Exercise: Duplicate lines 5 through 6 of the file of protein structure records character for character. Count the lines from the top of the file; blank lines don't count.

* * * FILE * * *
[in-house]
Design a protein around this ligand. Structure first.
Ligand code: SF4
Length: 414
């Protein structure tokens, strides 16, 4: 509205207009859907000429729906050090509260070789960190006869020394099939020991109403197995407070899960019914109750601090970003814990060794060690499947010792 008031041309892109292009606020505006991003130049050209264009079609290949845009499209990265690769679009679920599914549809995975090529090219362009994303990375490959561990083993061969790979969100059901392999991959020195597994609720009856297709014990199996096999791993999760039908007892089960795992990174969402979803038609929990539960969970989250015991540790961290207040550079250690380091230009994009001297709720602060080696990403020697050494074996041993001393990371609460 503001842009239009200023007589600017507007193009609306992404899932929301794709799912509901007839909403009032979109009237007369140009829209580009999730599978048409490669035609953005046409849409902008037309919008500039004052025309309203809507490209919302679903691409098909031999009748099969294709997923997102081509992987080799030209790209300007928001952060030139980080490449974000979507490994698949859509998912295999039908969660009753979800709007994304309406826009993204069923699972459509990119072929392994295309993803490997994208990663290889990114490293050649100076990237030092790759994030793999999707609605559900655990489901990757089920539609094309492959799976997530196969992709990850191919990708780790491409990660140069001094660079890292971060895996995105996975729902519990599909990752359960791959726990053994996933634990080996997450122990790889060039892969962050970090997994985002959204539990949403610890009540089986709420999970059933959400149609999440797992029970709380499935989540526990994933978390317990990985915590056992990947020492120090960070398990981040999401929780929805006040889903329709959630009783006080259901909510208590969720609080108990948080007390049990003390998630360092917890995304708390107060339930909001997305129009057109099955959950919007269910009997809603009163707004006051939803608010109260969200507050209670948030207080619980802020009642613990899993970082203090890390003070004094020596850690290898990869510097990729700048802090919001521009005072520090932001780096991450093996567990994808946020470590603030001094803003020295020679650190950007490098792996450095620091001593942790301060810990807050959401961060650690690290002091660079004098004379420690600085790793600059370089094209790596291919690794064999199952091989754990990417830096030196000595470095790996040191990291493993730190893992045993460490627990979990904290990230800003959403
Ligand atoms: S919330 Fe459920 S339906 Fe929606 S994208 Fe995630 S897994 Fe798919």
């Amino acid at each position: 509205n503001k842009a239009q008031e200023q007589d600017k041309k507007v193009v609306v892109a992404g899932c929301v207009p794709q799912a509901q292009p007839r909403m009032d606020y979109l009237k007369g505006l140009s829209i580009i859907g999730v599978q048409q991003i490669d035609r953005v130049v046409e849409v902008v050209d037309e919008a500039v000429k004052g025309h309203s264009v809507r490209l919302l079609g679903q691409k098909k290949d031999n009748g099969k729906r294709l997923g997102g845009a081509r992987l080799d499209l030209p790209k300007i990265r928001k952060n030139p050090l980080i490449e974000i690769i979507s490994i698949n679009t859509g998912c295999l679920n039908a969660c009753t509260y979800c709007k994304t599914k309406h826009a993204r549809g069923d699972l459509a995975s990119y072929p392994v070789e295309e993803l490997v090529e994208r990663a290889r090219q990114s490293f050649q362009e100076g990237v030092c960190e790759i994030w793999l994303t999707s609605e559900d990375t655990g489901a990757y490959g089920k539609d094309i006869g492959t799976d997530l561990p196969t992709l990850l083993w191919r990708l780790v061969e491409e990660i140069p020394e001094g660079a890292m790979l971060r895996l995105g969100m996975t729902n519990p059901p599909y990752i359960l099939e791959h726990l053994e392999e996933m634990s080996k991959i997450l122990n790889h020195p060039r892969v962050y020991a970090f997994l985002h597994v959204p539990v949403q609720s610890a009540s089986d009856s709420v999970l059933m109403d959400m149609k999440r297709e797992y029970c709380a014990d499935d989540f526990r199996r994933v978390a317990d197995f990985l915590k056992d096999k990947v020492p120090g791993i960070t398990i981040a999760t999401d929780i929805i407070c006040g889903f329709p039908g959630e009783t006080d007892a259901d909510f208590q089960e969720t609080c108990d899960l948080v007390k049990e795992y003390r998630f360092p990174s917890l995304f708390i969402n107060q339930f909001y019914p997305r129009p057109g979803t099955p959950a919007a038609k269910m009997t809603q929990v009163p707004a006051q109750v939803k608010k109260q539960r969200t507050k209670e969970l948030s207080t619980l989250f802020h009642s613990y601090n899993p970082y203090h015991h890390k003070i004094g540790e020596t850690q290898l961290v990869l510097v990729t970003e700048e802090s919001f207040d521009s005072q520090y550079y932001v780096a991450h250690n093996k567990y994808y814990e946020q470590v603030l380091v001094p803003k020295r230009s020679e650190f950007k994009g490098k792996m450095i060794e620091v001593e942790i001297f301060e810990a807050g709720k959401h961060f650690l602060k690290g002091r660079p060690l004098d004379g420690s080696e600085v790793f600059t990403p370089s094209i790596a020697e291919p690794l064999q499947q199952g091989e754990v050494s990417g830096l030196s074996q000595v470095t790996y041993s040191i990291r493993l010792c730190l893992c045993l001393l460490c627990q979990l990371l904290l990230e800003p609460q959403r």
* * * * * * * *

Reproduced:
């Protein structure tokens, strides 16, 4: 509205207009859907000429729906050090509260070789960190006869020394099939020991109403197995407070899960019914109750601090970003814990060794060690499947010792 008031041309892109292009606020505006991003130049050209264009079609290949845009499209990265690769679009679920599914549809995975090529090219362009994303990375490959561990083993061969790979969100059901392999991959020195597994609720009856297709014990199996096999791993999760039908007892089960795992990174969402979803038609929990539960969970989250015991540790961290207040550079250690380091230009994009001297709720602060080696990403020697050494074996041993001393990371609460 503001842009239009200023007589600017507007193009609306992404899932929301794709799912509901007839909403009032979109009237007369140009829209580009999730599978048409490669035609953005046409849409902008037309919008500039004052025309309203809507490209919302679903691409098909031999009748099969294709997923997102081509992987080799030209790209300007928001952060030139980080490449974000979507490994698949859509998912295999039908969660009753979800709007994304309406826009993204069923699972459509990119072929392994295309993803490997994208990663290889990114490293050649100076990237030092790759994030793999999707609605559900655990489901990757089920539609094309492959799976997530196969992709990850191919990708780790491409990660140069001094660079890292971060895996995105996975729902519990599909990752359960791959726990053994996933634990080996997450122990790889060039892969962050970090997994985002959204539990949403610890009540089986709420999970059933959400149609999440797992029970709380499935989540526990994933978390317990990985915590056992990947020492120090960070398990981040999401929780929805006040889903329709959630009783006080259901909510208590969720609080108990948080007390049990003390998630360092917890995304708390107060339930909001997305129009057109099955959950919007269910009997809603009163707004006051939803608010109260969200507050209670948030207080619980802020009642613990899993970082203090890390003070004094020596850690290898990869510097990729700048802090919001521009005072520090932001780096991450093996567990994808946020470590603030001094803003020295020679650190950007490098792996450095620091001593942790301060810990807050959401961060650690690290002091660079004098004379420690600085790793600059370089094209790596291919690794064999199952091989754990990417830096030196000595470095790996040191990291493993730190893992045993460490627990979990904290990230800003959403
Ligand atoms: S919330 Fe459920 S339906 Fe929606 S994208 Fe995630 S897994 Fe798919």